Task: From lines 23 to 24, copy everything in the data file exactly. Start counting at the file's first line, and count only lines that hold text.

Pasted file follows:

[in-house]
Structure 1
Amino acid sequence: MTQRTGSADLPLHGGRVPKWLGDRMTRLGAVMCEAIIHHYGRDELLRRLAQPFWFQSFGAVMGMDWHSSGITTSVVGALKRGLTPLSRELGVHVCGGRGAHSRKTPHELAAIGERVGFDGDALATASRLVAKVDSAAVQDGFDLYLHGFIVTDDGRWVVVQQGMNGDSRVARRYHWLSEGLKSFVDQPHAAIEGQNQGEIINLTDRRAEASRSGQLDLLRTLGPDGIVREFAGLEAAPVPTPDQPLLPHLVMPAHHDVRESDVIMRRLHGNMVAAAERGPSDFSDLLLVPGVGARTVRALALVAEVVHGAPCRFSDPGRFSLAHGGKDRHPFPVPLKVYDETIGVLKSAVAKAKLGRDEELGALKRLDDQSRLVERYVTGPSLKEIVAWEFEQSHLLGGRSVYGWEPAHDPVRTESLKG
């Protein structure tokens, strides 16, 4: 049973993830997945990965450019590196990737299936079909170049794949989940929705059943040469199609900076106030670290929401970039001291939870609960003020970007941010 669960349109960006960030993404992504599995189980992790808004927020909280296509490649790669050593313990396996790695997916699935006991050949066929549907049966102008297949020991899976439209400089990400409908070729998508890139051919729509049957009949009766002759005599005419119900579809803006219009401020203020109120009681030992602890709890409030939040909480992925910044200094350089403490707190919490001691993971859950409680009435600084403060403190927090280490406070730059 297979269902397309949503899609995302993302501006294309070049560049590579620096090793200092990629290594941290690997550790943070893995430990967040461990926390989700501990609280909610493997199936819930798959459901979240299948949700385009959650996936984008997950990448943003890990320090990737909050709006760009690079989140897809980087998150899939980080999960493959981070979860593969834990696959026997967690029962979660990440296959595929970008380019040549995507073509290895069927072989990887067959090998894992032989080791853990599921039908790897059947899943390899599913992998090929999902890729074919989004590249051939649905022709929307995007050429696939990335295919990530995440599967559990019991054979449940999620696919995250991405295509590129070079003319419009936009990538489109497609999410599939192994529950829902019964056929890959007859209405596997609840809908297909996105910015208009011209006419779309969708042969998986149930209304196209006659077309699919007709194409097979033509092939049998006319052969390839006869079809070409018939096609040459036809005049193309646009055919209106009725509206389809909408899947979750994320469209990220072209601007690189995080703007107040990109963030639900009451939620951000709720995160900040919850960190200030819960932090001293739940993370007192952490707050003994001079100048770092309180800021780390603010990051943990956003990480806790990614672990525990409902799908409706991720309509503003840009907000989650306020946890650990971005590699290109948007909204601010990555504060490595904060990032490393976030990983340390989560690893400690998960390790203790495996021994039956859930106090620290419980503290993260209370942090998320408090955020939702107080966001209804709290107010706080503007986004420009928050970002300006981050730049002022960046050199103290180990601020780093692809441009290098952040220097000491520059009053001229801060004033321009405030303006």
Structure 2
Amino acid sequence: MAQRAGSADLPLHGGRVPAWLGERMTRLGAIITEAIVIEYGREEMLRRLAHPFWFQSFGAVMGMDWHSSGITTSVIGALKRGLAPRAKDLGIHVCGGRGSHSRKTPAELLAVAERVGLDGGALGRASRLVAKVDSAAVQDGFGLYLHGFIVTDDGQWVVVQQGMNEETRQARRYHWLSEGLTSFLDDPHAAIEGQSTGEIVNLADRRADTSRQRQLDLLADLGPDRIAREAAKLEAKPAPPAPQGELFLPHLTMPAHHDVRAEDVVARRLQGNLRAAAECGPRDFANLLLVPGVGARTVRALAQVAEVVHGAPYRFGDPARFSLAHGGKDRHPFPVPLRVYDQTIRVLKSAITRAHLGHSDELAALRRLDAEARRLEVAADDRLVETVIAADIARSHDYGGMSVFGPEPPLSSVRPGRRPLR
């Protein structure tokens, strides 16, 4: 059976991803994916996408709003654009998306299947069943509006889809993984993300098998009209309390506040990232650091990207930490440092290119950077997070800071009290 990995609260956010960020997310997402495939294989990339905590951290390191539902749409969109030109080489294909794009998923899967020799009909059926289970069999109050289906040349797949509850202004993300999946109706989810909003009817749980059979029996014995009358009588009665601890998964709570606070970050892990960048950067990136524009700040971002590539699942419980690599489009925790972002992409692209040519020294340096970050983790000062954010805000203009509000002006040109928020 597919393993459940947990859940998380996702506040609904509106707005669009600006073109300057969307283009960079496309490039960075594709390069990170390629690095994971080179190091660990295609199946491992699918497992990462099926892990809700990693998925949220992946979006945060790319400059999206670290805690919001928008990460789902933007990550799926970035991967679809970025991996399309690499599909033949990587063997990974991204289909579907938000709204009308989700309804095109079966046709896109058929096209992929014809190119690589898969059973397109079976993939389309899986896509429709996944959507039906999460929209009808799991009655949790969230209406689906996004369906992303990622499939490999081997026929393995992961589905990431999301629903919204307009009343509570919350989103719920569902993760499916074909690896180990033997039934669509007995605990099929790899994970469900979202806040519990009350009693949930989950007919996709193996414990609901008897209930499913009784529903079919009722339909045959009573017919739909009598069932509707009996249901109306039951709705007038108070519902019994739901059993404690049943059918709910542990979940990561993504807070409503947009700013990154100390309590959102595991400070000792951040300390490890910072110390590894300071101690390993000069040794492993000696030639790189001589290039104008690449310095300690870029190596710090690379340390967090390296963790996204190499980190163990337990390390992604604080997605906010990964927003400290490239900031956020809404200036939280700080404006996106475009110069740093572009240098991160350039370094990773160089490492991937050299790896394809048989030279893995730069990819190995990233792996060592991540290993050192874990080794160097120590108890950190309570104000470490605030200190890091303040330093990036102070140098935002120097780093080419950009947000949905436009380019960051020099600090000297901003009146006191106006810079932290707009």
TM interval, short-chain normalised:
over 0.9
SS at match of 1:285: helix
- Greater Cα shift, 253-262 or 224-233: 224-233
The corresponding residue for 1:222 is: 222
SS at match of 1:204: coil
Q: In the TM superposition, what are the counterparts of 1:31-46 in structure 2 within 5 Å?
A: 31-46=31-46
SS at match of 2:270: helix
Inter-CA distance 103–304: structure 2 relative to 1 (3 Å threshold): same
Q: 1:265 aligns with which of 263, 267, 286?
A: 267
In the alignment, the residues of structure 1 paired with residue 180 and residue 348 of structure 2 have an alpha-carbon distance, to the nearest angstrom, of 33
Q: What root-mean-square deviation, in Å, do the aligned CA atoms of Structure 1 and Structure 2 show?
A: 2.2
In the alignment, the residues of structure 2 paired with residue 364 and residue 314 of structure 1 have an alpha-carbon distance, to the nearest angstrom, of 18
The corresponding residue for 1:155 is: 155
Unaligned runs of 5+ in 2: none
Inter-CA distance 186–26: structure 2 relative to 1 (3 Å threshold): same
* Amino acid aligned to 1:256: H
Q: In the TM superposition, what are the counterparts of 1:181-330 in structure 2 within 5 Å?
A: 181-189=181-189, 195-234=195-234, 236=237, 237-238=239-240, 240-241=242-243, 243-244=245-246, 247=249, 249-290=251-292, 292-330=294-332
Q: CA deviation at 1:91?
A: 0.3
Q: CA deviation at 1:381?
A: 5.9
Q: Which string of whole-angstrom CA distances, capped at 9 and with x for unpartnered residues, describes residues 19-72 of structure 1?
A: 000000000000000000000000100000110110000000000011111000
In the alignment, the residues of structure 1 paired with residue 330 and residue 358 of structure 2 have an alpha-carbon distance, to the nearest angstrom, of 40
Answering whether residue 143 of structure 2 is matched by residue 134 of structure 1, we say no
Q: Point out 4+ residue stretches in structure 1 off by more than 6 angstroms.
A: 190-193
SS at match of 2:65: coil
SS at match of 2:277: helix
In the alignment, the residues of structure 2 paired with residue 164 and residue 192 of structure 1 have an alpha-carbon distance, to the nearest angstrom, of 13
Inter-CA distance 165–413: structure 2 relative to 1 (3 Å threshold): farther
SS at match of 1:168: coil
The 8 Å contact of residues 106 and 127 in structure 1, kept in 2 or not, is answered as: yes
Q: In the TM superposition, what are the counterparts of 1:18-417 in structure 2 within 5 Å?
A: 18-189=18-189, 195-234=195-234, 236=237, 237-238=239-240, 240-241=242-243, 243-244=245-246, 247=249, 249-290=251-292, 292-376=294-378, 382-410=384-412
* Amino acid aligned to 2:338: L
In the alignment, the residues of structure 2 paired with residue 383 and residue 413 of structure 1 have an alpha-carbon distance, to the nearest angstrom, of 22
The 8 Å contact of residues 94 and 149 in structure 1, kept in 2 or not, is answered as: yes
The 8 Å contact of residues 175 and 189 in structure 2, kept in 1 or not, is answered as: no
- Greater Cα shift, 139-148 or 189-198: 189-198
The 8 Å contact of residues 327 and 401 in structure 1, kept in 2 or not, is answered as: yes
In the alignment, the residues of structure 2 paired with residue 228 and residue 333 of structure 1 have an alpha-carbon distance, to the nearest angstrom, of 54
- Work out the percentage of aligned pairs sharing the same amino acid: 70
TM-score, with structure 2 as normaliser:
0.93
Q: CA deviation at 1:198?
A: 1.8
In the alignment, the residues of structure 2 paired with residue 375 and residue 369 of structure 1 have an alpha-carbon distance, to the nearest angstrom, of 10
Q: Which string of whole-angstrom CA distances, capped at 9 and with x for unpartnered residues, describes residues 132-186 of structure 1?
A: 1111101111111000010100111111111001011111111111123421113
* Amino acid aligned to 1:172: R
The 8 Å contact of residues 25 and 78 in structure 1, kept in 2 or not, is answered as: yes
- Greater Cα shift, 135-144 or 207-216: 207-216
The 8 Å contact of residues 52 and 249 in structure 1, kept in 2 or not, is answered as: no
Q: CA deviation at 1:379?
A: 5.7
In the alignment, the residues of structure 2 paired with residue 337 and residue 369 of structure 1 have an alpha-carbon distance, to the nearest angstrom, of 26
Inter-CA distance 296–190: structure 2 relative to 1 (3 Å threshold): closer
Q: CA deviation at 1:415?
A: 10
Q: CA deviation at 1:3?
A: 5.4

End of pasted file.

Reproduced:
In the alignment, the residues of structure 2 paired with residue 364 and residue 314 of structure 1 have an alpha-carbon distance, to the nearest angstrom, of 18
The corresponding residue for 1:155 is: 155